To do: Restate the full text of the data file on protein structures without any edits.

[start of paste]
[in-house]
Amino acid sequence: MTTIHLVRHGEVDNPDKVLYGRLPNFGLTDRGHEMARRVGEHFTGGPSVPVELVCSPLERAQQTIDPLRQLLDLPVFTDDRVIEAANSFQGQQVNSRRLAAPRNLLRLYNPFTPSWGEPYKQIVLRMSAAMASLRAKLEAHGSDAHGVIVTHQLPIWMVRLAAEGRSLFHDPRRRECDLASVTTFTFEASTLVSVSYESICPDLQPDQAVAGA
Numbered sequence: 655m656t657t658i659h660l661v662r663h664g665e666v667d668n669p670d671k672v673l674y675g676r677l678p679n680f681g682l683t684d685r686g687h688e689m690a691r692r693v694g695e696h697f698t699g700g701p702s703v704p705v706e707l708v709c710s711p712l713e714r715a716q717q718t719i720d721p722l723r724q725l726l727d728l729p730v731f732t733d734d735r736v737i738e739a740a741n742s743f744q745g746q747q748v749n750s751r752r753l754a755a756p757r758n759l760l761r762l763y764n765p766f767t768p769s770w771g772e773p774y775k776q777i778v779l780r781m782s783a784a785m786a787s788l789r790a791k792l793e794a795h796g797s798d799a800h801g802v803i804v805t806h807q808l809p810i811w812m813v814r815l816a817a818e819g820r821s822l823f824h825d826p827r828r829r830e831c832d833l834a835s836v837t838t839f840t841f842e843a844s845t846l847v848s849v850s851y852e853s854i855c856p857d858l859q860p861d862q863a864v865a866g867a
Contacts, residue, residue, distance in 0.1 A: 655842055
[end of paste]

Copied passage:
[in-house]
Amino acid sequence: MTTIHLVRHGEVDNPDKVLYGRLPNFGLTDRGHEMARRVGEHFTGGPSVPVELVCSPLERAQQTIDPLRQLLDLPVFTDDRVIEAANSFQGQQVNSRRLAAPRNLLRLYNPFTPSWGEPYKQIVLRMSAAMASLRAKLEAHGSDAHGVIVTHQLPIWMVRLAAEGRSLFHDPRRRECDLASVTTFTFEASTLVSVSYESICPDLQPDQAVAGA
Numbered sequence: 655m656t657t658i659h660l661v662r663h664g665e666v667d668n669p670d671k672v673l674y675g676r677l678p679n680f681g682l683t684d685r686g687h688e689m690a691r692r693v694g695e696h697f698t699g700g701p702s703v704p705v706e707l708v709c710s711p712l713e714r715a716q717q718t719i720d721p722l723r724q725l726l727d728l729p730v731f732t733d734d735r736v737i738e739a740a741n742s743f744q745g746q747q748v749n750s751r752r753l754a755a756p757r758n759l760l761r762l763y764n765p766f767t768p769s770w771g772e773p774y775k776q777i778v779l780r781m782s783a784a785m786a787s788l789r790a791k792l793e794a795h796g797s798d799a800h801g802v803i804v805t806h807q808l809p810i811w812m813v814r815l816a817a818e819g820r821s822l823f824h825d826p827r828r829r830e831c832d833l834a835s836v837t838t839f840t841f842e843a844s845t846l847v848s849v850s851y852e853s854i855c856p857d858l859q860p861d862q863a864v865a866g867a
Contacts, residue, residue, distance in 0.1 A: 655842055